• ThirstyAffiliates
    • VaultPress
    • W3 Total Cache
    • WP ConvertKit
    • WP Customer Area
    • WP Customer Area - Conversations
    • WP Customer Area - Notifications
    • WP-Mail-SMTP
    • Yoast SEO Premium

    I know that’s a lot, but I require all of them for various purposes.

    1. Right now’s a pretty active time, so here’s the top output, just the banner without the processes:
    top - 16:40:36 up 14 days, 20:09,  1 user,  load average: 0.32, 0.37, 0.35
    Tasks: 100 total,   1 running,  99 sleeping,   0 stopped,   0 zombie
    %Cpu(s):  2.8 us,  0.4 sy,  0.0 ni, 96.4 id,  0.1 wa,  0.0 hi,  0.0 si,  0.3 st
    KiB Mem :  1883728 total,   117324 free,   650200 used,  1116204 buff/cache
    KiB Swap:        0 total,        0 free,        0 used.   866944 avail Mem 

    The CPU’s gone down a bit so here’s another take from top:

    top - 16:49:01 up 14 days, 20:18,  1 user,  load average: 0.03, 0.15, 0.25
    Tasks:  98 total,   1 running,  97 sleeping,   0 stopped,   0 zombie
    %Cpu(s):  0.5 us,  0.0 sy,  0.0 ni, 99.2 id,  0.0 wa,  0.0 hi,  0.0 si,  0.3 st
    KiB Mem :  1883728 total,   210636 free,   556408 used,  1116684 buff/cache
    KiB Swap:        0 total,        0 free,        0 used.   961028 avail Mem 

    Like I said, Apache’s been fine for about 5 or 6 days I’d say, but I didn’t do anything to fix it, so I’m nervous about it happening again.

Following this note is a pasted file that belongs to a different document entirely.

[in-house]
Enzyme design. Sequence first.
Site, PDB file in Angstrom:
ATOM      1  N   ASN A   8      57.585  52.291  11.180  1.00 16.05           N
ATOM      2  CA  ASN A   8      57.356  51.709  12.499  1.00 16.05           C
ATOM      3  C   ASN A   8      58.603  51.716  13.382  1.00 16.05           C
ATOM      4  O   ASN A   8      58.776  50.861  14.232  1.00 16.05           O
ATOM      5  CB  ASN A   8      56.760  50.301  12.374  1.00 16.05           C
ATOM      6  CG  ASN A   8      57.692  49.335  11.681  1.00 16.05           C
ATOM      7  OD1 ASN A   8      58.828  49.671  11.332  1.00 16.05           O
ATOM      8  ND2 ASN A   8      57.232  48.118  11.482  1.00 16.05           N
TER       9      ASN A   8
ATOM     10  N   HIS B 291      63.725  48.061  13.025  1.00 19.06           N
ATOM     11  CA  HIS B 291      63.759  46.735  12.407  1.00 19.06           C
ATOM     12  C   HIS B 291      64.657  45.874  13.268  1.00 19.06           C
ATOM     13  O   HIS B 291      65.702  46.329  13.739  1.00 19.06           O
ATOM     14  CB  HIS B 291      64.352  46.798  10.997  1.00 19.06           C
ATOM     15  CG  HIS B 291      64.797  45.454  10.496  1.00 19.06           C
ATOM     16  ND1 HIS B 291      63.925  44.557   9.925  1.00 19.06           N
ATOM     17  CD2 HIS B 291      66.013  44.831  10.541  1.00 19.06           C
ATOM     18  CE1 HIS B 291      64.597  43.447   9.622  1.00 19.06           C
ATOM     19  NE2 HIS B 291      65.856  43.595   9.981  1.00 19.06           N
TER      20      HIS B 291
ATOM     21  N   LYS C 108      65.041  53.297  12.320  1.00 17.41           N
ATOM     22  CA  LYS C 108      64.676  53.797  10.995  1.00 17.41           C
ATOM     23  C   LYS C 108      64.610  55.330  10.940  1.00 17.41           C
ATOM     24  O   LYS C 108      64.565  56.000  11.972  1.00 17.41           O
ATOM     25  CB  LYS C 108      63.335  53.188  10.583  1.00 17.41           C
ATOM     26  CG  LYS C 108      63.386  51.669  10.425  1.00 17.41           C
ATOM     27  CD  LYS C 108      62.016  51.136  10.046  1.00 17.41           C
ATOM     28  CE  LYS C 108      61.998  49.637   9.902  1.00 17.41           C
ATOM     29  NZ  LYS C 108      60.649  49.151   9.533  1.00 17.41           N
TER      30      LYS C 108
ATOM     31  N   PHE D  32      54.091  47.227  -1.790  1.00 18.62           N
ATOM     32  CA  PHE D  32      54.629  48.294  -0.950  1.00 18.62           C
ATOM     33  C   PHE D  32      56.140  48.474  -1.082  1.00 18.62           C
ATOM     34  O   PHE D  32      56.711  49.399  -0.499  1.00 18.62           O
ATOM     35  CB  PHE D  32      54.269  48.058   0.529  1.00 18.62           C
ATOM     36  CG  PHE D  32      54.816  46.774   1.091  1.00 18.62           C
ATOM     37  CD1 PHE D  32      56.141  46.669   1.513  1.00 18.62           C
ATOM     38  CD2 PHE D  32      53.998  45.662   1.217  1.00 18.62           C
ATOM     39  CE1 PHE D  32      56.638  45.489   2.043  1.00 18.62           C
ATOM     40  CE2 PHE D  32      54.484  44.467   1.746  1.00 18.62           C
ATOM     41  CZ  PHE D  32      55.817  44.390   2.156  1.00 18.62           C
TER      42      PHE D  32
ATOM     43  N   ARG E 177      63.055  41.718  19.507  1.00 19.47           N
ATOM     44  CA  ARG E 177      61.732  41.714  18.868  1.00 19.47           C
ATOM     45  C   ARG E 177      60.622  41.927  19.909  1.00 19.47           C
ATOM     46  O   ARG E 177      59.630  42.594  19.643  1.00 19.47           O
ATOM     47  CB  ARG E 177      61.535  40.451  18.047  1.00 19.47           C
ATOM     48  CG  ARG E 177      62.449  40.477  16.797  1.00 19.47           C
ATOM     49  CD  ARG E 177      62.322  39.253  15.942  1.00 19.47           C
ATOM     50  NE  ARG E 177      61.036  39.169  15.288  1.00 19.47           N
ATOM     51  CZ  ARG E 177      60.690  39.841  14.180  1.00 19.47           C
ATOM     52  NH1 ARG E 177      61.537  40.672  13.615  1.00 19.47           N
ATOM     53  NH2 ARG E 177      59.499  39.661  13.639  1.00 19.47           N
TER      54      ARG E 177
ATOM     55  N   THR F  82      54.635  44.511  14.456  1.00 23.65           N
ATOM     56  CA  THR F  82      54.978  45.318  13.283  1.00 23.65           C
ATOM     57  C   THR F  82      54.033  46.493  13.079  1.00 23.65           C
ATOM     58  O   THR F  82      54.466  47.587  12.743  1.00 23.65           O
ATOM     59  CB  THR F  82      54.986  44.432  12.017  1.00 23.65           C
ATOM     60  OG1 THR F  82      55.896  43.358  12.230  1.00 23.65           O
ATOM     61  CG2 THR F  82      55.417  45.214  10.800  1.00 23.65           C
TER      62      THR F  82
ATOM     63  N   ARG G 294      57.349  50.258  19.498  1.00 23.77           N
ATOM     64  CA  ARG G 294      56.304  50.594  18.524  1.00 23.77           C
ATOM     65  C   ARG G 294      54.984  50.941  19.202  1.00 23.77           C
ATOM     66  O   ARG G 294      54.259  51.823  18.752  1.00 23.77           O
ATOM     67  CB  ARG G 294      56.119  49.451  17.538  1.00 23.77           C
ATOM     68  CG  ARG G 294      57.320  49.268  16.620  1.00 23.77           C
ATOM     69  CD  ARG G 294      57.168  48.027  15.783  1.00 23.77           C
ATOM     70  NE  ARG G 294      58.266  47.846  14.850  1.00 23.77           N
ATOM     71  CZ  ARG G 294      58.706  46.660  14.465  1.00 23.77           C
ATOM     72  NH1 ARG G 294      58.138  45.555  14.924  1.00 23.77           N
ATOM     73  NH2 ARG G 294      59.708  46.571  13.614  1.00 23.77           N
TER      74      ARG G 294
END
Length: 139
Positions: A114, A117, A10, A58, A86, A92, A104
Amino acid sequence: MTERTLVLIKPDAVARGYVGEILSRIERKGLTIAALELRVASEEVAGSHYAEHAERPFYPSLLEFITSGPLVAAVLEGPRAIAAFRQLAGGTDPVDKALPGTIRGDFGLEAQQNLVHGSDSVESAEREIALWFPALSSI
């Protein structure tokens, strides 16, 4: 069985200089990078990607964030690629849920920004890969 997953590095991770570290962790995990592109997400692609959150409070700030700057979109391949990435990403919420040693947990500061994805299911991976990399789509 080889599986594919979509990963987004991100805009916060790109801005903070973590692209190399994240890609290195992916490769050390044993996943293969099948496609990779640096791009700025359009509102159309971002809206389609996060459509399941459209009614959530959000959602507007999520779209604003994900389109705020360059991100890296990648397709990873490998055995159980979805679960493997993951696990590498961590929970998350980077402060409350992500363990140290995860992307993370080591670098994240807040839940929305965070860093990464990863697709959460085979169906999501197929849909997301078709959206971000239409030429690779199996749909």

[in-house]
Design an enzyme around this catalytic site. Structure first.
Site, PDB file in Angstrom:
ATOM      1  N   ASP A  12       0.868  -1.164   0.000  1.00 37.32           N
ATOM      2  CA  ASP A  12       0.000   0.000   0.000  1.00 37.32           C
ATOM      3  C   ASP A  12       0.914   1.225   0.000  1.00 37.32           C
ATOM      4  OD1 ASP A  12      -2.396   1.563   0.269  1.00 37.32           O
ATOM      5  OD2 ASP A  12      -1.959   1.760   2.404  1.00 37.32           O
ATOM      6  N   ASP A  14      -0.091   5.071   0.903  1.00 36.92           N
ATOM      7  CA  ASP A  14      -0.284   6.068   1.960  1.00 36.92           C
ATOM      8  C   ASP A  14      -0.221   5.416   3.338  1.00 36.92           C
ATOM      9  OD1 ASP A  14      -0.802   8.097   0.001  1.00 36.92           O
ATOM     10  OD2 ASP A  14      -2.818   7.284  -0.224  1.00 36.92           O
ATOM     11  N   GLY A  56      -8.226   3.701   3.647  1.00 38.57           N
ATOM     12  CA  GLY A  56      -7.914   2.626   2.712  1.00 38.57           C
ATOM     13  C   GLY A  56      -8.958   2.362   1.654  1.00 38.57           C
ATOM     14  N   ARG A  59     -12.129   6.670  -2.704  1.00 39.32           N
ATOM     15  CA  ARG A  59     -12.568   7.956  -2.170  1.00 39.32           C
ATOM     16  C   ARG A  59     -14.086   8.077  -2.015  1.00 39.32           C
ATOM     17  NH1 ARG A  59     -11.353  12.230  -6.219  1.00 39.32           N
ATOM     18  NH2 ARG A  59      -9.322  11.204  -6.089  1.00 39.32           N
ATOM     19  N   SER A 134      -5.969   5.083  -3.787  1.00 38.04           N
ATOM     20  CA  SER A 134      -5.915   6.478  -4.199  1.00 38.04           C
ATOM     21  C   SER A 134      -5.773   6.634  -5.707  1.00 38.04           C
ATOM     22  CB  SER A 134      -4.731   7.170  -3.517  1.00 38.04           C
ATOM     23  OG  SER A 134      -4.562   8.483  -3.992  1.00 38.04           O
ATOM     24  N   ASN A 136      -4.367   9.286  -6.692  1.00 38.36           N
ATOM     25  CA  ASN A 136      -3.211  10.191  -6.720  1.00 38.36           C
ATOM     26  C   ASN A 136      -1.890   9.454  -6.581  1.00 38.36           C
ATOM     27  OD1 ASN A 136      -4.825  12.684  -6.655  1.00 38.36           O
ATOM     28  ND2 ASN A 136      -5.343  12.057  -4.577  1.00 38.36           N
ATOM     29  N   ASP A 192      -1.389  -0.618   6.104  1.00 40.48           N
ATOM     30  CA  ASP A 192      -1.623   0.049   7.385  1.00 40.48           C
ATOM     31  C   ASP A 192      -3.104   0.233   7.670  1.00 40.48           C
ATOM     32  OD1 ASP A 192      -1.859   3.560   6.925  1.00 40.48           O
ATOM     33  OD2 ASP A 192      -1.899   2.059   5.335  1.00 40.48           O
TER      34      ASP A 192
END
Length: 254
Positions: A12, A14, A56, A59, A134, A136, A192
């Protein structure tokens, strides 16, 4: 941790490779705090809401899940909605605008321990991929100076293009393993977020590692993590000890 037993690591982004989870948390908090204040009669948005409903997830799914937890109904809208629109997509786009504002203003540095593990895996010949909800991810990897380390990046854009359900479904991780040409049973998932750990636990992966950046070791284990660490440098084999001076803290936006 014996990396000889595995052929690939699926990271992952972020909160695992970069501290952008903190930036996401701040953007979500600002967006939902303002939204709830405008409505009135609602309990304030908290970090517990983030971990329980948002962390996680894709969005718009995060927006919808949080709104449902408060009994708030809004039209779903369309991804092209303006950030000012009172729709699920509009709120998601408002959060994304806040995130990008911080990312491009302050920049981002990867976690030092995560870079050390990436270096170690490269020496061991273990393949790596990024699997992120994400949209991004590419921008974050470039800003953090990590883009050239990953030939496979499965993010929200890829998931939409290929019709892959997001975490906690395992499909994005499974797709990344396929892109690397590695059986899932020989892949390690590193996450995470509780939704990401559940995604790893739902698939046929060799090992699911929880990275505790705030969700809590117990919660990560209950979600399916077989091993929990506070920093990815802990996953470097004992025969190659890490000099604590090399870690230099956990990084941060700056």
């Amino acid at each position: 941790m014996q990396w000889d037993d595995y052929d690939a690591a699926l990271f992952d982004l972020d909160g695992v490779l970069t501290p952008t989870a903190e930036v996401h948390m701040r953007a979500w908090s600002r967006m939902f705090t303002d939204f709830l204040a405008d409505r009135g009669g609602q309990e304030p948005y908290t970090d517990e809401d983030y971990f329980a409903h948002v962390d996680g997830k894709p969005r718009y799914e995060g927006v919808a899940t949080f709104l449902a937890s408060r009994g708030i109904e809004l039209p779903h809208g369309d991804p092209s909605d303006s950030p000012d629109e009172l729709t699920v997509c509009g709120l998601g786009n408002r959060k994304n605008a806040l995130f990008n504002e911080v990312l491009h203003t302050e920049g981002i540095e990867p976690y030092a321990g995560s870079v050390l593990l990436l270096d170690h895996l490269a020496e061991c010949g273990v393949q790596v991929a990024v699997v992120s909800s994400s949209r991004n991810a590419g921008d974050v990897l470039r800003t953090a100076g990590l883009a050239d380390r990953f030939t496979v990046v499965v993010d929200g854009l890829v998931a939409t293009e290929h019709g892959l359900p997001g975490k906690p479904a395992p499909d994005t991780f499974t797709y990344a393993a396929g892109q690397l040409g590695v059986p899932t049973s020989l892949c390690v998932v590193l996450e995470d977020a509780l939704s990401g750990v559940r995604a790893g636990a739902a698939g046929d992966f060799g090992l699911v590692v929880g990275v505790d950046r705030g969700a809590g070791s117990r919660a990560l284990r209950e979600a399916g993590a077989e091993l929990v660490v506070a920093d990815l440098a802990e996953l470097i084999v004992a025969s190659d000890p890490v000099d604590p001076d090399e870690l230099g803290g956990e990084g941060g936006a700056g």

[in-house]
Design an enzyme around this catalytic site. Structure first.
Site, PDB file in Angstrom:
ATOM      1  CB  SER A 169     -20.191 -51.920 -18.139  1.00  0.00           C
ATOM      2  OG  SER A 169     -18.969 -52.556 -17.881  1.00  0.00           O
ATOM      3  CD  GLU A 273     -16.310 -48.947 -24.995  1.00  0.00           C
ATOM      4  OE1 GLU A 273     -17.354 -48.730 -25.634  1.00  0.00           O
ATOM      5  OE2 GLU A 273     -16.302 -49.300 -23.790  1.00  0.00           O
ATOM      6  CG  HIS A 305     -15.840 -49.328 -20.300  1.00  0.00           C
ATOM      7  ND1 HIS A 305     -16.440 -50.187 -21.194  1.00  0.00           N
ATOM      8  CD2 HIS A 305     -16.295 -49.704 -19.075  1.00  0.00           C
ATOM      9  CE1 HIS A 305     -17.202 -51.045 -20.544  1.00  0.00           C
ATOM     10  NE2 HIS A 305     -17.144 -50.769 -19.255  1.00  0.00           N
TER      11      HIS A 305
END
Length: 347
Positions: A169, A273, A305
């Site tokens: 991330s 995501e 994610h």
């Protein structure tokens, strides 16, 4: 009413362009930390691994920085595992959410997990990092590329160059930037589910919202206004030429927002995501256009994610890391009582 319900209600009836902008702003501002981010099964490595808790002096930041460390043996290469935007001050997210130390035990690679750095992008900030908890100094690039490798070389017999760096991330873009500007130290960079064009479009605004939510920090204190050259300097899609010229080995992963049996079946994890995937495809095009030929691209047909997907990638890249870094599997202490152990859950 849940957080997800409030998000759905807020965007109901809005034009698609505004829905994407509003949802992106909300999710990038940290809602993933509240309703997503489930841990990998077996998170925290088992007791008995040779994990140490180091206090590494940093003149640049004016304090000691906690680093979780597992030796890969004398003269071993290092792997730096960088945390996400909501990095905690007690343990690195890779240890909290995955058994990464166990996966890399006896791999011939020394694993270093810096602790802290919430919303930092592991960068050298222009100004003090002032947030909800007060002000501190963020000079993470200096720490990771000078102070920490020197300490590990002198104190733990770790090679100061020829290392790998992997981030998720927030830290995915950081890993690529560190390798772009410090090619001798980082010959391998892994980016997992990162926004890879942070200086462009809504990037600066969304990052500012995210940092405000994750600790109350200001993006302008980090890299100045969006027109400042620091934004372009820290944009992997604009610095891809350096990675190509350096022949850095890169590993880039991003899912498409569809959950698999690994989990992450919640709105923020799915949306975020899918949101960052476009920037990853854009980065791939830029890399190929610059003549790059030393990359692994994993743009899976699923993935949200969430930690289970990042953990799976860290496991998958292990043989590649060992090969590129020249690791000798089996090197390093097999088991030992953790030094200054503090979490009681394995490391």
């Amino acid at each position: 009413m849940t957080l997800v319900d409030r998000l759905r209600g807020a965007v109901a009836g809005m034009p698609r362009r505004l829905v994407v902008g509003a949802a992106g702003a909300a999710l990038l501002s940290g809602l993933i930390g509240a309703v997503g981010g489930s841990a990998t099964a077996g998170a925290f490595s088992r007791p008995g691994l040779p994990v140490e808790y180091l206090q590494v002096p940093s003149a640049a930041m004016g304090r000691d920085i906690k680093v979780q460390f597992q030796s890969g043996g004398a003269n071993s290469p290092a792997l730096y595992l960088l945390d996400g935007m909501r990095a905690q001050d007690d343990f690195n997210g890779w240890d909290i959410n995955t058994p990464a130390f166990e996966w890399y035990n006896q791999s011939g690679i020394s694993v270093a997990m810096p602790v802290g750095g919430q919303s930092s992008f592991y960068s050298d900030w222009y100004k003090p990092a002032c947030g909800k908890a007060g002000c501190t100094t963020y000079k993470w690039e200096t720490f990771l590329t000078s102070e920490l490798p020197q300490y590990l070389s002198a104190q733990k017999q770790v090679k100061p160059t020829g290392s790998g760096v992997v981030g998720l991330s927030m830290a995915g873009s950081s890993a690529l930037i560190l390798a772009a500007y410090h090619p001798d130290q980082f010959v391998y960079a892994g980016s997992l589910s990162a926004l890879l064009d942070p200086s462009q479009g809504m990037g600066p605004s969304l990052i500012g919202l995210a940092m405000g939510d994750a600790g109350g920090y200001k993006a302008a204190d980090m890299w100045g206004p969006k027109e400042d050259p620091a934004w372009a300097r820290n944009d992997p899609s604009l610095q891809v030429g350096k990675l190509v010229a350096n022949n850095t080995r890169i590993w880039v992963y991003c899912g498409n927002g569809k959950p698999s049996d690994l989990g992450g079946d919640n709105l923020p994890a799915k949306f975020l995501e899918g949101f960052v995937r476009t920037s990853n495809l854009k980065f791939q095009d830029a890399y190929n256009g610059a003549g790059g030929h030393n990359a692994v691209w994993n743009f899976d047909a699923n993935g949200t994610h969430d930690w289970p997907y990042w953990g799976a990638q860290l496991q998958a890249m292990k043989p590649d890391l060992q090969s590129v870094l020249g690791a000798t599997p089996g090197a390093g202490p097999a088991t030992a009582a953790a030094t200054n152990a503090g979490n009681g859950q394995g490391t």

Honestly, that’s not as many plugins as I was expecting to be honest, so the count isn’t an issue. I’ve seen 1-2GB instances run 2-3x that without any issues.

WordPress Plugins Overall

That said, one plugin that is always a concern in my eyes is EWWW Image Optimizer Cloud. Why? It has the potential to be a resource hog, especially if you’re uploading quite a few images, or if you’re allowing others to. For a small WordPress instance, it’s really a non-issue, but if you upload a series of images and watch top, you can see what I mean. Because of the software it requires from the web server, and the overall intensiveness of said software, it can shoot CPU usage up to the ceiling and with it, your RAM (and lack of both means processes start hanging, fighting for resources, and ultimately crash when they can’t get what they need).

While I understand the utility of the plugin, you’re far better offer simply running them on your own prior to uploading them. Services such as the below are far better options:

and on the commercial end:

WordPress Plugins: W3 Total Cache

What are you setup to use? Are you using OpCode Caching, Memcached, Redis, File, or something else?